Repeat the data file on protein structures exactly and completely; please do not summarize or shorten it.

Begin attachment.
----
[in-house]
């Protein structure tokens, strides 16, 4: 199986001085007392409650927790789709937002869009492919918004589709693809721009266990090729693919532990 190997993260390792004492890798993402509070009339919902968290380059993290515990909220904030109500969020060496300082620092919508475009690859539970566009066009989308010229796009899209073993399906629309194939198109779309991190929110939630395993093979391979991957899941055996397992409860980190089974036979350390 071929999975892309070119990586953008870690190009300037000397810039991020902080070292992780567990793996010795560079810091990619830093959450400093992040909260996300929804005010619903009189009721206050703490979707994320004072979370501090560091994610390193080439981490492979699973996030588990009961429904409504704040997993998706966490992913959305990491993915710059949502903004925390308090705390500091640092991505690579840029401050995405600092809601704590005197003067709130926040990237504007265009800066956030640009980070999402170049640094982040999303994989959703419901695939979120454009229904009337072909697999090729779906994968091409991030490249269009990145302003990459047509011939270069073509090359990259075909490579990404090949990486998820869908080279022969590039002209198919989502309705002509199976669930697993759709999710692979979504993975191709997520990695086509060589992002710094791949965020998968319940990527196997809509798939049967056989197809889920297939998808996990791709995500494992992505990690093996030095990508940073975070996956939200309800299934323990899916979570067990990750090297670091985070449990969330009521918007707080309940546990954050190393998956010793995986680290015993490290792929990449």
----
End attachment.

[in-house]
């Protein structure tokens, strides 16, 4: 199986001085007392409650927790789709937002869009492919918004589709693809721009266990090729693919532990 190997993260390792004492890798993402509070009339919902968290380059993290515990909220904030109500969020060496300082620092919508475009690859539970566009066009989308010229796009899209073993399906629309194939198109779309991190929110939630395993093979391979991957899941055996397992409860980190089974036979350390 071929999975892309070119990586953008870690190009300037000397810039991020902080070292992780567990793996010795560079810091990619830093959450400093992040909260996300929804005010619903009189009721206050703490979707994320004072979370501090560091994610390193080439981490492979699973996030588990009961429904409504704040997993998706966490992913959305990491993915710059949502903004925390308090705390500091640092991505690579840029401050995405600092809601704590005197003067709130926040990237504007265009800066956030640009980070999402170049640094982040999303994989959703419901695939979120454009229904009337072909697999090729779906994968091409991030490249269009990145302003990459047509011939270069073509090359990259075909490579990404090949990486998820869908080279022969590039002209198919989502309705002509199976669930697993759709999710692979979504993975191709997520990695086509060589992002710094791949965020998968319940990527196997809509798939049967056989197809889920297939998808996990791709995500494992992505990690093996030095990508940073975070996956939200309800299934323990899916979570067990990750090297670091985070449990969330009521918007707080309940546990954050190393998956010793995986680290015993490290792929990449």